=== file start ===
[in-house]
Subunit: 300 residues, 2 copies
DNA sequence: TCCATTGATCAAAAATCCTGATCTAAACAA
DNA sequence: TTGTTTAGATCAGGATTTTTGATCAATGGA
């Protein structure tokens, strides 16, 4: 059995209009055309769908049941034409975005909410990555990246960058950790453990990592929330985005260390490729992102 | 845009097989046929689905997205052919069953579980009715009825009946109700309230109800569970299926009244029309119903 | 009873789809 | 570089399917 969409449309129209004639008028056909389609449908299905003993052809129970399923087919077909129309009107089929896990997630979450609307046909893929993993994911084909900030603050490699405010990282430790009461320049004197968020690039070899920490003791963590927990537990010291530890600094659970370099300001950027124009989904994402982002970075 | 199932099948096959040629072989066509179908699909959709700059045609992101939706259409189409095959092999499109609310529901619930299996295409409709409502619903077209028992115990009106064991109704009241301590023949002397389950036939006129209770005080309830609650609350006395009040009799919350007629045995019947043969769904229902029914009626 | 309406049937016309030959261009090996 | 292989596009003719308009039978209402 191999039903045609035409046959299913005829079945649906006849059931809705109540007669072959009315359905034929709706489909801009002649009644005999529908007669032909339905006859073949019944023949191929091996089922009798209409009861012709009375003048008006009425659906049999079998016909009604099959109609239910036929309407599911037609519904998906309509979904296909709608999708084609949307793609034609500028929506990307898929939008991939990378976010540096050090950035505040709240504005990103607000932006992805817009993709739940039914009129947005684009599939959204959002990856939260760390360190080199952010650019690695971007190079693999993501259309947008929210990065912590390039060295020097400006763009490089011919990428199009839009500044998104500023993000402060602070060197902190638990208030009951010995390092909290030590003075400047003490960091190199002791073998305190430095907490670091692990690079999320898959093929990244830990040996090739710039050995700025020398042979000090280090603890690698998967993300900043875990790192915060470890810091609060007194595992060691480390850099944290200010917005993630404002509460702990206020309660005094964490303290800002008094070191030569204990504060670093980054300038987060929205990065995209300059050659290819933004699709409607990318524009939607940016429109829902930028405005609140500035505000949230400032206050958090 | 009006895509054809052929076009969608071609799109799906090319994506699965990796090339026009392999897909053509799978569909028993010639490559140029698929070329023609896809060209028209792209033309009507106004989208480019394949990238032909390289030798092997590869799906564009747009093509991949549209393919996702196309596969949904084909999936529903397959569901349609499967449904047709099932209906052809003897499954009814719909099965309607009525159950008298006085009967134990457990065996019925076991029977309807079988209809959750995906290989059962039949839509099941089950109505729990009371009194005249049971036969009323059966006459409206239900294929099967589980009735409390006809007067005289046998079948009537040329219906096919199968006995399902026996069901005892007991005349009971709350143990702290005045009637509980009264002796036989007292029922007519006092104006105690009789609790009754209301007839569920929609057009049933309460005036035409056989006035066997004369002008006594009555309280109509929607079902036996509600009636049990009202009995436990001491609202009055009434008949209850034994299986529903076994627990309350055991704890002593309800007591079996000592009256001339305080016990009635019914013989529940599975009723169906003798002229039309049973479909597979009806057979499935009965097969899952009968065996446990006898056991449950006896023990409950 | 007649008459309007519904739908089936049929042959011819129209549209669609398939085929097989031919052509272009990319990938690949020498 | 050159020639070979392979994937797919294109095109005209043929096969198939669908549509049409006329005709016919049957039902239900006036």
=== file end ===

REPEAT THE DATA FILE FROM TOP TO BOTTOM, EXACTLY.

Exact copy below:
[in-house]
Subunit: 300 residues, 2 copies
DNA sequence: TCCATTGATCAAAAATCCTGATCTAAACAA
DNA sequence: TTGTTTAGATCAGGATTTTTGATCAATGGA
């Protein structure tokens, strides 16, 4: 059995209009055309769908049941034409975005909410990555990246960058950790453990990592929330985005260390490729992102 | 845009097989046929689905997205052919069953579980009715009825009946109700309230109800569970299926009244029309119903 | 009873789809 | 570089399917 969409449309129209004639008028056909389609449908299905003993052809129970399923087919077909129309009107089929896990997630979450609307046909893929993993994911084909900030603050490699405010990282430790009461320049004197968020690039070899920490003791963590927990537990010291530890600094659970370099300001950027124009989904994402982002970075 | 199932099948096959040629072989066509179908699909959709700059045609992101939706259409189409095959092999499109609310529901619930299996295409409709409502619903077209028992115990009106064991109704009241301590023949002397389950036939006129209770005080309830609650609350006395009040009799919350007629045995019947043969769904229902029914009626 | 309406049937016309030959261009090996 | 292989596009003719308009039978209402 191999039903045609035409046959299913005829079945649906006849059931809705109540007669072959009315359905034929709706489909801009002649009644005999529908007669032909339905006859073949019944023949191929091996089922009798209409009861012709009375003048008006009425659906049999079998016909009604099959109609239910036929309407599911037609519904998906309509979904296909709608999708084609949307793609034609500028929506990307898929939008991939990378976010540096050090950035505040709240504005990103607000932006992805817009993709739940039914009129947005684009599939959204959002990856939260760390360190080199952010650019690695971007190079693999993501259309947008929210990065912590390039060295020097400006763009490089011919990428199009839009500044998104500023993000402060602070060197902190638990208030009951010995390092909290030590003075400047003490960091190199002791073998305190430095907490670091692990690079999320898959093929990244830990040996090739710039050995700025020398042979000090280090603890690698998967993300900043875990790192915060470890810091609060007194595992060691480390850099944290200010917005993630404002509460702990206020309660005094964490303290800002008094070191030569204990504060670093980054300038987060929205990065995209300059050659290819933004699709409607990318524009939607940016429109829902930028405005609140500035505000949230400032206050958090 | 009006895509054809052929076009969608071609799109799906090319994506699965990796090339026009392999897909053509799978569909028993010639490559140029698929070329023609896809060209028209792209033309009507106004989208480019394949990238032909390289030798092997590869799906564009747009093509991949549209393919996702196309596969949904084909999936529903397959569901349609499967449904047709099932209906052809003897499954009814719909099965309607009525159950008298006085009967134990457990065996019925076991029977309807079988209809959750995906290989059962039949839509099941089950109505729990009371009194005249049971036969009323059966006459409206239900294929099967589980009735409390006809007067005289046998079948009537040329219906096919199968006995399902026996069901005892007991005349009971709350143990702290005045009637509980009264002796036989007292029922007519006092104006105690009789609790009754209301007839569920929609057009049933309460005036035409056989006035066997004369002008006594009555309280109509929607079902036996509600009636049990009202009995436990001491609202009055009434008949209850034994299986529903076994627990309350055991704890002593309800007591079996000592009256001339305080016990009635019914013989529940599975009723169906003798002229039309049973479909597979009806057979499935009965097969899952009968065996446990006898056991449950006896023990409950 | 007649008459309007519904739908089936049929042959011819129209549209669609398939085929097989031919052509272009990319990938690949020498 | 050159020639070979392979994937797919294109095109005209043929096969198939669908549509049409006329005709016919049957039902239900006036």